3) The author(s) should exert effort to zero in on the themes that flow naturally from the premise. So vampire stories often tend to be about sex and predation, samurai stories are often about duty vs humanity, etc etc. Almost any setting has some kind of inbuilt conflict from which a suffciently creative person can unspool a theme but I think it's best when someone kind of consciously foregrounds those conflicts and those themes. Those themes don't have to dictate every story that occurs in the setting and they are often better when invisible than when explicit but it does help when they're there.

    Those are good guidelines for settings in general, I think, including just fiction settings. For games specifically, the setting needs to be gameable, and I think there are a few specific elements to that:

    4) The setting needs a level of granularity above and beyond what a lot of novels and films offer. West End Games had to basically invent a whole swath of things about Star Wars, including the names of most species and planets, because it's easy in a movie to just throw a werewolf guy in the background but what do you say if you're making an RPG and someone wants to play that fuckin' werewolf guy? And the process of making decisions in-character leads very naturally to the player wanting to know stuff that their character would naturally know that would inform that decision. William Gibson talks about the experience of being consulted by a game company that wanted to license his Sprawl novels as a setting and these guys visited him and asked stuff like "what do the people in such-and-such a place eat?" and he was like what the fuck, I don't know! And that's fine for a novelist. But I think that is a reasonable question that a player at a game table might want to know.

    5) There needs to be something in the setting that either explicitly encourages, or at least doesn't get in the way of, the formation of PC parties, of groups of diverse people with complementary skillsets. This is what makes, like, roleplaying everyday cops or soldiers in Vietnam or whatever potentially kind of tough: it's harder for people to stand out and feel like they've made an interesting individual when they're playing members of a large institution with roughly similar skills. (This is not IMPOSSIBLE, and there are specifically good games about being Vietnam soldiers and everyday beat cops or homicide detectives but it does require more effort.) It's a lot easier when the fiction lets you be a heist crew or a superhero team or whatever.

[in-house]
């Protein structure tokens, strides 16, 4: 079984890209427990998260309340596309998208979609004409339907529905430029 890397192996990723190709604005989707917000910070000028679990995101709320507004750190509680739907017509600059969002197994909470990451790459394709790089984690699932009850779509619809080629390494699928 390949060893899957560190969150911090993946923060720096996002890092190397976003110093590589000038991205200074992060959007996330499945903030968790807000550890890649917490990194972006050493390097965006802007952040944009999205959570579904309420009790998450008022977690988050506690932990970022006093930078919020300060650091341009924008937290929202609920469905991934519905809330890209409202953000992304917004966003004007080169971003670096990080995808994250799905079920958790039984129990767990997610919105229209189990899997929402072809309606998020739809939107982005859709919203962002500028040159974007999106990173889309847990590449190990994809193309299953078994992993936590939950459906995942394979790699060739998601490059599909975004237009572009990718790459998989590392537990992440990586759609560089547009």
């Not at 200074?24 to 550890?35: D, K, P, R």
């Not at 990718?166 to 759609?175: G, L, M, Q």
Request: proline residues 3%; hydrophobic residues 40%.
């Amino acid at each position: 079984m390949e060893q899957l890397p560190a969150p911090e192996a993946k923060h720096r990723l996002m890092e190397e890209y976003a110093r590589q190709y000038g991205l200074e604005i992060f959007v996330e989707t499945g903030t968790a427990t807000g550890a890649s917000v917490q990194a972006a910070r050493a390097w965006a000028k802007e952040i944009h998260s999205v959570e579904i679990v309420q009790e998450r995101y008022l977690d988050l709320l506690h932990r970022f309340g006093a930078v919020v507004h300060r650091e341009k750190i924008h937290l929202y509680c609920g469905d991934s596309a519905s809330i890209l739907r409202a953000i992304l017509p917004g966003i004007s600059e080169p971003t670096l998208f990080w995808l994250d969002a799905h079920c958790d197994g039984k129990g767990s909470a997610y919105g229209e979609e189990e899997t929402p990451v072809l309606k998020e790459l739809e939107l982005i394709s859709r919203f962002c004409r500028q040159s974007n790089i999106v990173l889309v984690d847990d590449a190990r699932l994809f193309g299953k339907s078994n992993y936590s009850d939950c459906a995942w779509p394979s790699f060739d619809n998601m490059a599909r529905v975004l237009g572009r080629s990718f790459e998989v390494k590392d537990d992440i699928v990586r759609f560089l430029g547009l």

6) The setting should leave white space for the GM to fill in and breathing room for a group of PCs to be important. This is what makes a lot of otherwise great settings from other media hard to game: everything revolves around the core story told in the novels/video game/film/etc and by the end there are no setting mysteries left for a GM to build a story around or a conflict in which a group of players can prevail. A setting like Forgotten Realms, where every traveler on the road you meet is secretly Elminster or another godlike NPC, very naturally invites the question of why the PCs are even bothering. Shadowrun, especially old 90s Shadowrun, is also super-bad about this, and Shadowrun GMs have fucking Stockholm syndrome on the subject: Shadowrun threads are full of this weird, almost right-wing tough guy talk about how you shouldn't even bother trying to be heroes in Shadowrun because you can't change shit, you dumb hippie, corporations are just too cool. And in the Shadowrun metaplot, that's basically true. Your runner isn't important, but a guy named fucking Art Dankwalther? That dude is super important.

    Conversely, that's one of the things I really like about Eberron for D&D - it's filled with mysteries that are explicitly left undefined for individual groups to figure out and there's no "metaplot" with a team of officially-sanctioned heroes solving the setting. It's built from the ground up to be a world where the people at your table are the heroes, or at least can be.